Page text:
Archive for December, 2008


Monday, December 29th, 2008

Begin with the end in mind.  If you are going to have a conversation or confrontation with your difficult person about what the problem is, you had better enter this discussion with a solution in mind.

You will get nowhere if you just vent your frustrations.  You MUST have a solution in mind to the problem.  This does not ensure you will get your desired solution, however, just venting your frustration or anger is guaranteed to backfire.

As “The 7 Habits of Highly Effective People” teaches us, “Begin with the end in mind.”  Have your solution prepared. Know what you want and be able to clearly identify that to your difficult person.

Just saying “You are constantly interrupting me” is not a solution.  Asking them to stop interrupting you is a solution.

Shake it Up

Monday, December 22nd, 2008

If you keep on doing what you’ve always done, you’ll keep on getting what you’ve always got.  So this week, do something completely different!

Try “the look” without making any comment.  Perhaps completely ignoring the comment or the situation is what is in order.  Or, for those of you that do typically avoid any confrontation with your difficult person, maybe you just need to say “I don’t agree with you” or something do that isn’t avoidance. (rolling your eyes does not count!)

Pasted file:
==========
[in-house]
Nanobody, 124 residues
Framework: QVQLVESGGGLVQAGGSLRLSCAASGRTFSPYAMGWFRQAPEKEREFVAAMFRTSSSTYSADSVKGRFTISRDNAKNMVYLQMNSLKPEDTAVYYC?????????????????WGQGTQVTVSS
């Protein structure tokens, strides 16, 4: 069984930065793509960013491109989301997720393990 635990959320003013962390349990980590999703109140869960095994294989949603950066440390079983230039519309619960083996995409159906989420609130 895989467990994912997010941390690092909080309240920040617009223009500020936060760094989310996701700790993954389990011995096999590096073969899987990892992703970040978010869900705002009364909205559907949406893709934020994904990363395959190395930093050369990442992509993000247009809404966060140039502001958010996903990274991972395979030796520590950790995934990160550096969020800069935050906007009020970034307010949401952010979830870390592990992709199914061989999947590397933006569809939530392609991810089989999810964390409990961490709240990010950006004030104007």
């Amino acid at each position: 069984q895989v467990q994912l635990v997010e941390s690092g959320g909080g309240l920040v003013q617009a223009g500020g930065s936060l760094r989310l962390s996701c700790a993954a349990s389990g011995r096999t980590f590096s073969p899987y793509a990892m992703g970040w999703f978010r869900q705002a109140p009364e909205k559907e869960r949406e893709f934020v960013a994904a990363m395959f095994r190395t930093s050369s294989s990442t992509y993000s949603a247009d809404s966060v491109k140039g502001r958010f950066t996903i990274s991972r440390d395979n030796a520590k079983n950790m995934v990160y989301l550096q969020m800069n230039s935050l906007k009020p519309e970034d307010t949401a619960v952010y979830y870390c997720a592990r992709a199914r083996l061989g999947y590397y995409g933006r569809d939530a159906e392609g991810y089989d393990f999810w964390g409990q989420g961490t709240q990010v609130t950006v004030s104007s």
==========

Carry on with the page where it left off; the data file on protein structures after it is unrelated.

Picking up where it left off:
I won’t guarantee that this will make your difficult person less difficult.  I can guarantee that it will confuse them.

Don’t expect things to get better by doing the same thing over and over again.


Monday, December 15th, 2008

According to the dictionary, difficult people are those people who continually and chronically get in your way of you doing your job and living your life effectively.

Statistically, this is only 2% of the population.

Are you really dealing with a difficult person, or is it just conflict?  Conflict is tension in a relationship.  It isn’t quite the same as working with a difficult person.

Identify your person accurately.  If they really are difficult, then you must be 100% consistent with your approaches.  If it is conflict, there are times when everything appears fine, and you can relax a little more.

There is a big difference between the two – be sure you have labelled them correctly, and then take the appropriate approach.

Keep your Cool!

Monday, December 8th, 2008

Emotions are not your friend when they rule your interactions with your difficult person.  You need to be black and white, focused on the facts, calm, cool and collected.

It is in your best interest to NOT respond nor react when you are being ruled by your emotions.